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The Tradition of Conservatism – Through the Eyes of Sir Roger Scruton by Ádám Darabos

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Review

The Tradition of Conservatism – Through the Eyes of Sir Roger Scruton

Source: Times Literary Supplement

Reading Sir Roger Scruton’s books requires no special justification. Yet, there are factors that might make his thoughts even more relevant. Political historian Ferenc Hörcher explained at a roundtable discussion last November that the works of Roger Scruton have an intellectual heritage in Hungary. It was mentioned during the conversation that the British philosopher, who died at the beginning of 2020, has many followers in our country, notably because of his theoretical work on conservatism and his activity in Central Europe in the 80s and 90s. In terms of context, of course, it is not a coincidence that the above was emphasized at the opening of The Scruton Café in downtown Budapest. In such an atmosphere, it is not only easier, but also more important to get familiar with Scruton’s late works.

One of Scruton’s latest works entitled Conservatism: An Invitation to the Great Tradition

was published in 2017 by All Points Book Publishers. As the title of the book reveals, “what you see is what you get”. Scruton embarks on a historical introduction of conservatism in six chapters, from its early history to the present. At first, Scruton elaborates on the evolution of conservatism, highlighting the main authors and leading promulgators of the different historical ages, yet he is focusing mostly on the conservative thoughts of great thinkers, who are not often considered conservative at all. The book is an easy-read as Scruton’s thoughts are greatly facilitated by his demanding, yet free-flowing style, parallel to his depiction of fundamental political, ideological, cultural, and economic processes of a given historical era.

The first chapter of the book looks at an age before the emergence of conservative thought. From Aristotle to the French Revolution, Scruton analyzes the thoughts that connect the individuals to their natural communities, namely the family and the society, drawing on classical thinkers, such as Thomas Hobbes, John Locke, Charles-Louis Montesquieu, and David Hume, and probably less acknowledged authors like Robert Filmer, James Harrington, William Blackstone, and Samuel Johnson. The first chapter reveals that the book will not only address conservatism, but also competing tendencies, like liberalism and socialism. Liberalism, according to Scruton, has two meanings today: on the one hand, it refers to the politics and philosophy of individual freedom that John Locke and his followers have branded, and on the other, to progressive ideas prevailing since the birth of modern socialism. Classical liberalism defended freedom against the sovereign, while progressive liberalism, thanks to socialist influences, urges to fight for freedom and equality at the same time. According to Scruton, modern conservatism is the product of the Enlightenment, which came about due to an indecision, an experimental path branching off from liberalism, rather than a mature doctrine. Conservatives, like liberals, saw the need for separation of powers, constitutional government and political representation, and agreed that the fundamental rights of citizens (e.g. the right to property) should be protected by the state. Conservatives, of course, had reservations: they rejected liberal interpretations of the social contract; thought of an individual in terms of duties, social institutions, and traditions, and when it came to freedom and order, the latter had to prevail. Demonstrating the differences in conservative thought does not preclude Scruton from interpreting modern conservatism in relation to classical liberalism, thereby also highlighting their similarities.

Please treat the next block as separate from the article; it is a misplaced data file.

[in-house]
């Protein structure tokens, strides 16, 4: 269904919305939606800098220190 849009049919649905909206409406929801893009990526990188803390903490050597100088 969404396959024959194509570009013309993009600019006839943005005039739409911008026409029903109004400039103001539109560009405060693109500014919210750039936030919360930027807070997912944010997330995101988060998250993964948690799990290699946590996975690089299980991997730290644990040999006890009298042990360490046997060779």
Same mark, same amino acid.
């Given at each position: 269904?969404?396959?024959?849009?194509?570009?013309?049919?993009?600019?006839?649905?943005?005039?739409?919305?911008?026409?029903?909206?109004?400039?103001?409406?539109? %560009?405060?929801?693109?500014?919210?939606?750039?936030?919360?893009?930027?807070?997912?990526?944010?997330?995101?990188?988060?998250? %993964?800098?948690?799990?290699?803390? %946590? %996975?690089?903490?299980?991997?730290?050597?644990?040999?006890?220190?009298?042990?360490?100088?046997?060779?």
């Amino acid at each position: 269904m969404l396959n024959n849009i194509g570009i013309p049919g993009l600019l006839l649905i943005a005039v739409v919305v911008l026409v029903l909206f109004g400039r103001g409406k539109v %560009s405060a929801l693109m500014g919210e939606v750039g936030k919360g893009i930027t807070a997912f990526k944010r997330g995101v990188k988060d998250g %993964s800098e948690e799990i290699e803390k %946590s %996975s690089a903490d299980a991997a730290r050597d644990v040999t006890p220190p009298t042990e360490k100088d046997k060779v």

The second chapter points to the process of crystallization of conservative ideas,

which eventually led to the birth of conservative philosophy and political practices. This chapter details the work of three dominant thinkers: Thomas Jefferson, Adam Smith, and Edmund Burke. Of course, this chapter gave Scruton an opportunity to comment on the French Revolution by drawing on Burke. It is interesting to note that he points not only to terror and the cancellation of traditions, but to the “documents” adopted in the American and French revolutions. It also addresses the differences between the US Constitution and the Declaration of Rights and the Declaration of Human and Civil Rights. The Anglo-Saxon centrality pales into insignificance in the third chapter, which focuses on French and German authors. After a brief introduction by Emmanuel Kant, Scruton moves on to the merits of Friedrich Hegel, which he lists at length including the formulation of a vision of a conservative political order and the Hegelian expectation that abstract ethical norms should also be examined in real historical situations. After Hegel, the great figure of reactionary conservatism, Joseph de Maistre is discussed, drawing attention to the divine right of kings and the pride of the Enlightenment, while rejecting the idea of popular sovereignty. Similarly, François-René de Chateaubriand belongs to the French branch of conservatism, whose representatives sought to abolish or mitigate the changes brought about by the French Revolution; all this by the protection of the Christian heritage and the fight against secularism. At the end of the chapter, Alexis de Tocqueville is mentioned, who—based on his American experience—pointed out that the unlimited pursuit of the idea of equality easily leads to the loss of freedom.